Why Did Walter Shaub Resign? The Federal Ethics Director's Departure Is Making Waves

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Director of the Office of Government Ethics Walter Shaub Jr. resigned from his post on Thursday. The now-former director has long been vocally opposed to many of the Trump administration's actions, including the president's refusal to give up his business holdings that many believe constitute a conflict of interest with his public office. Shaub cited issues with the "current situation" as his reason for leaving, but has not expanded on his rationale beyond that.

Upon leaving his office, Shaub is going on to join the Campaign Legal Center, a nonpartisan organization of lawyers located in Washington D.C. According to an announcement from the organization that was released on Thursday, he will serve as the organization's Senior Director of Ethics.

Shaub's resignation letter stated that it will go into effect on July 19. In a release from the Campaign Legal Center, which he posted to Twitter, Staub provided a brief explanation for his leaving:

In working with the current administration, it has become clear to me that we need improvements to the existing ethics program. I look forward to working toward that aim at Campaign Legal Center, as well as working on ethics reforms at all levels of government.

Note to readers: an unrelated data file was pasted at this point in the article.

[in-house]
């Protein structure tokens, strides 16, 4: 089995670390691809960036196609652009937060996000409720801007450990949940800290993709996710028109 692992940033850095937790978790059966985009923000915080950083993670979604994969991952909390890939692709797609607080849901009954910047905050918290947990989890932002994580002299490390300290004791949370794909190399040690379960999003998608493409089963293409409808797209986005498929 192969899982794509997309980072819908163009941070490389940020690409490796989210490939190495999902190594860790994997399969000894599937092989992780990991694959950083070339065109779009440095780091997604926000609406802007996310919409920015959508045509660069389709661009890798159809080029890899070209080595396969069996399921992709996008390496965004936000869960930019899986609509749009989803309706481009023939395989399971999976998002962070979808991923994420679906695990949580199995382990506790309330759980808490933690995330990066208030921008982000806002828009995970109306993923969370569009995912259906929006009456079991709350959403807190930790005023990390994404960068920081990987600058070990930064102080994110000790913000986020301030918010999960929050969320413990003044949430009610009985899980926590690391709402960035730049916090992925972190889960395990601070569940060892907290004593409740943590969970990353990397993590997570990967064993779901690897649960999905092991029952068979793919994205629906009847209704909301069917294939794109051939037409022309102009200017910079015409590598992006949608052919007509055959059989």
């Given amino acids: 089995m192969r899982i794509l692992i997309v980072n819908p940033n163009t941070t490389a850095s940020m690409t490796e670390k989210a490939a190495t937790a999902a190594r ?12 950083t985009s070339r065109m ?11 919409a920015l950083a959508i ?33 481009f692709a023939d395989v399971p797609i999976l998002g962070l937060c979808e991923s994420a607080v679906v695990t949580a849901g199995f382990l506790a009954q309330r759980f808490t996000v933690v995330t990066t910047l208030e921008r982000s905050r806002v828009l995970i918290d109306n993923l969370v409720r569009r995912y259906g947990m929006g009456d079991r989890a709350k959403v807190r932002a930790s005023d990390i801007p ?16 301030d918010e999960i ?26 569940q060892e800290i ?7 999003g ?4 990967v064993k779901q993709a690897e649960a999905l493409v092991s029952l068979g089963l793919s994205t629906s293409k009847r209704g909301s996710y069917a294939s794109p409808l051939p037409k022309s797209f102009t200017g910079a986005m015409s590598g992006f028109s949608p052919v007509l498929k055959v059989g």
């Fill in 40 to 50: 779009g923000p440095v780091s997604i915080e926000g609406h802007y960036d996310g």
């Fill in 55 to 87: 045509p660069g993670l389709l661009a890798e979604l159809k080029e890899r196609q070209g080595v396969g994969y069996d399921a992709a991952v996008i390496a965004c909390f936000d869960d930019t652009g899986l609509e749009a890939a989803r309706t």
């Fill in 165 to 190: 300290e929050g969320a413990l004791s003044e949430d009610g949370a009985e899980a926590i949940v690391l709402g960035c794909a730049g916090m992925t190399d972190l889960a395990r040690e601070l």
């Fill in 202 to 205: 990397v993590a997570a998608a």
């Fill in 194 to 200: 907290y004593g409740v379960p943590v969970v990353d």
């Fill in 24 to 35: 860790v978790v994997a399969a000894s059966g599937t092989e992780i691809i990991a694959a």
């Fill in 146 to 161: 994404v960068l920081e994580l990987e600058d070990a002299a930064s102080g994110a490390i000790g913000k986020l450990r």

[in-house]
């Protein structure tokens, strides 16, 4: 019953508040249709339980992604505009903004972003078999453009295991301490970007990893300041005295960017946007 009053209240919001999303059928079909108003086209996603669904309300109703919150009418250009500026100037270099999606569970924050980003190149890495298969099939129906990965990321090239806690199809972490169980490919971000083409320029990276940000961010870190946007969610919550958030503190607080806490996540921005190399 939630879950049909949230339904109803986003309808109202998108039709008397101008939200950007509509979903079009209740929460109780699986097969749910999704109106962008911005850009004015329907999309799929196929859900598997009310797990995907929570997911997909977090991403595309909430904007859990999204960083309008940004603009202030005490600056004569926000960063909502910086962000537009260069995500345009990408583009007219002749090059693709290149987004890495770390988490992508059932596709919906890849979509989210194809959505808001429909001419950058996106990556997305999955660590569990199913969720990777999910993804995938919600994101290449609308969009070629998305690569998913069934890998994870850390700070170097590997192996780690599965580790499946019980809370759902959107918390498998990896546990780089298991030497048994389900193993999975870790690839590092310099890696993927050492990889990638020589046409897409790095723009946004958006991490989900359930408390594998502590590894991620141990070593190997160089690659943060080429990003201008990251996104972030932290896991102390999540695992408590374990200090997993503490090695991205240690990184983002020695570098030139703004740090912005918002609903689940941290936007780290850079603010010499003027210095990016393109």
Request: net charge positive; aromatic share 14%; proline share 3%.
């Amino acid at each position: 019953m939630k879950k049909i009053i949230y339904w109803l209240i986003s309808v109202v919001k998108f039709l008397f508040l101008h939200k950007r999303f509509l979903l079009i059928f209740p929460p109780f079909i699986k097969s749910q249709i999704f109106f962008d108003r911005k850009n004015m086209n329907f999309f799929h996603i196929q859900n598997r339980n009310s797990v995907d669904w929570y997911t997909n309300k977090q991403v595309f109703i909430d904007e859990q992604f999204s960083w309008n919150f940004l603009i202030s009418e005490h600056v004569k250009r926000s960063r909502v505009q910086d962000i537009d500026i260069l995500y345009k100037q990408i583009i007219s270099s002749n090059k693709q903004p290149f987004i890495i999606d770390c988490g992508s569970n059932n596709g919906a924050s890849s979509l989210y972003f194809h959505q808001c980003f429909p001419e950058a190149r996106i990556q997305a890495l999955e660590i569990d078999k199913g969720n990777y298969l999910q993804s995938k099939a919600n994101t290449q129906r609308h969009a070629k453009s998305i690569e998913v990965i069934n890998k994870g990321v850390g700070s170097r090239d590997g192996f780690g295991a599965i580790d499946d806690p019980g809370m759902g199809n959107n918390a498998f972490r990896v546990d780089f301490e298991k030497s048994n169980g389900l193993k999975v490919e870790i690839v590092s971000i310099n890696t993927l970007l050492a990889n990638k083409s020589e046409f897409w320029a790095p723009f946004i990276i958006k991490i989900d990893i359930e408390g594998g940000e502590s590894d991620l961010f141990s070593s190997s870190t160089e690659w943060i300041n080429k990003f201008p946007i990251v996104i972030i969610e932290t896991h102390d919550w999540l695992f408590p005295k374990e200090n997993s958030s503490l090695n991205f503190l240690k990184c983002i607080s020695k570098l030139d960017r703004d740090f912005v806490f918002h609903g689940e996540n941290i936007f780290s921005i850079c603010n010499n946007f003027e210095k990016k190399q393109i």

The letter also praised his staff and explained what he gained from his time serving in his office:

The great privilege and honor of my career has been to lead [The Office of Government Ethics'] staff and the community of ethics officials in the federal executive branch. I am grateful for the efforts of this dedicated and patriotic assembly of public servants and I am proud to have served with them.

In addition to his time with the Trump administration, Shaub also served under President George W. Bush and President Barack Obama. Had he not resigned, Shaub's five-year term in office would have ended in January next year.

The Office of Government Ethics is an independent agency of the executive branch that aims to help government officials avoid conflicts of interest. It has played a prominent role in the Trump administration, as the president has substantial global business dealings that Shaub believed are cause for ethical concern. Once taking office, many of Trump's appointments within his cabinet were filled with wealthy business people, potential cause for further concern.

The OGE does not have the authority to discipline government officers, rather it offers recommendations to the White House and presents potential ethical conflicts.

One outcome of Shaub's resignation may prove to be particularly impactful down the road. By vacating his office, the now-former director is giving Trump the power to appoint his replacement in the OGE. It will be interesting to see how closely the new director monitors the White House.